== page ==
Density without towers? Vancouver architect says yes
Architect Michael Geller says Vancouver should look to Amsterdam and Denmark for inspiration
If Vancouver wants to introduce more density into the city, one architect says it can be done without transforming the city into an endless row of high-rise towers.
Many experts have called for more density in the city to make it easier to build up transit and concentrate other services, increase sustainability and build more community.
Michael Geller, an architect and adjunct professor at Simon Fraser University, says building towers has become "a bit of a tradition" in Vancouver, particularly in the West End,
But the city could learn from some new projects in Europe which are prioritizing lower rise buildings while still achieving high levels of density, he says.
"I've been struck by some of their brand-new planned communities … The buildings tend to be less than 10 storeys."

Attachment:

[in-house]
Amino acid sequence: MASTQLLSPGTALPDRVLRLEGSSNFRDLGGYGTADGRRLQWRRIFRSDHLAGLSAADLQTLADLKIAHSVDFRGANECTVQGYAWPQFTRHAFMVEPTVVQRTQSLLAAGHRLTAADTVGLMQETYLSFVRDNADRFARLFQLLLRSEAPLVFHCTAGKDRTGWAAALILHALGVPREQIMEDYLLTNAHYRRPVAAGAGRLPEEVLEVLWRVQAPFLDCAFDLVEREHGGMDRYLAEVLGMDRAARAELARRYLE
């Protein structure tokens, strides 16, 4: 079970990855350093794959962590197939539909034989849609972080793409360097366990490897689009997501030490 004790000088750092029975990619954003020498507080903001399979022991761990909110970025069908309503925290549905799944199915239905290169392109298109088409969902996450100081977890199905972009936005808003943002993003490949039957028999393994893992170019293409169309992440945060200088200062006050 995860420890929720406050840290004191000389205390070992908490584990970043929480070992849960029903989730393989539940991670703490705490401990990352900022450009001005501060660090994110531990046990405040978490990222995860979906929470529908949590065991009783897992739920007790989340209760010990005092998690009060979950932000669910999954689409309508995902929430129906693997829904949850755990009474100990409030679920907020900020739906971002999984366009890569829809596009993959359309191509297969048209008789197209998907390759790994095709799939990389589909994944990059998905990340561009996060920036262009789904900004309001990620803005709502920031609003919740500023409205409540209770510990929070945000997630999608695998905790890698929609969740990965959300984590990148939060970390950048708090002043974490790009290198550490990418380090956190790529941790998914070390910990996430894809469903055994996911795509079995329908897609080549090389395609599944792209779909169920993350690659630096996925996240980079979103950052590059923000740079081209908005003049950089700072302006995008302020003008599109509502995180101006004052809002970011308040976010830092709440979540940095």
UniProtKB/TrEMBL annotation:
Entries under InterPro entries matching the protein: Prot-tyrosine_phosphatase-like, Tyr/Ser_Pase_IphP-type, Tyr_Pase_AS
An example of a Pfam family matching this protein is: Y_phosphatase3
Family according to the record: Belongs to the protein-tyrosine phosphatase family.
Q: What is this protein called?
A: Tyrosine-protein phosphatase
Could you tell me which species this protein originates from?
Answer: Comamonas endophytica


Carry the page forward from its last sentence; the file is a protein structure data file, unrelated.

Geller says the cleverly designed developments present a middle ground between single-family housing and high-rise towers.
"When you put a high-rise on a major street next to a single-family house — like Venables and Commercial where the rest of the development is three or four storey scale — I think people are uncomfortable with the juxtaposition."
Instead Vancouver should build more mid-rise buildings, he says, and make better use of lots by building homes closer together and to the end of the lot lines.
He said even though these low to mid-rise buildings won't achieve the very high densities of high towers in a concentrated area, overall across the city they could achieve much higher densities.
And even though it is not always as lucrative for developers to build smaller buildings on the same parcel of land, Geller said new architects and clever design will push developers in that direction.
"You can't help but be inspired," he says. "You are going to see more of these buildings being built because they're going to be built in locations where you can't get approval to build high-rises given current community attitudes."
Geller is giving a lecture on high-density housing tonight, Feb. 15, at SFU Vancouver Harbour Centre at 7 p.m.
With files from The Early Edition
To listen to the interview, click on the link labelled Michael Geller says density achievable without high-rise developments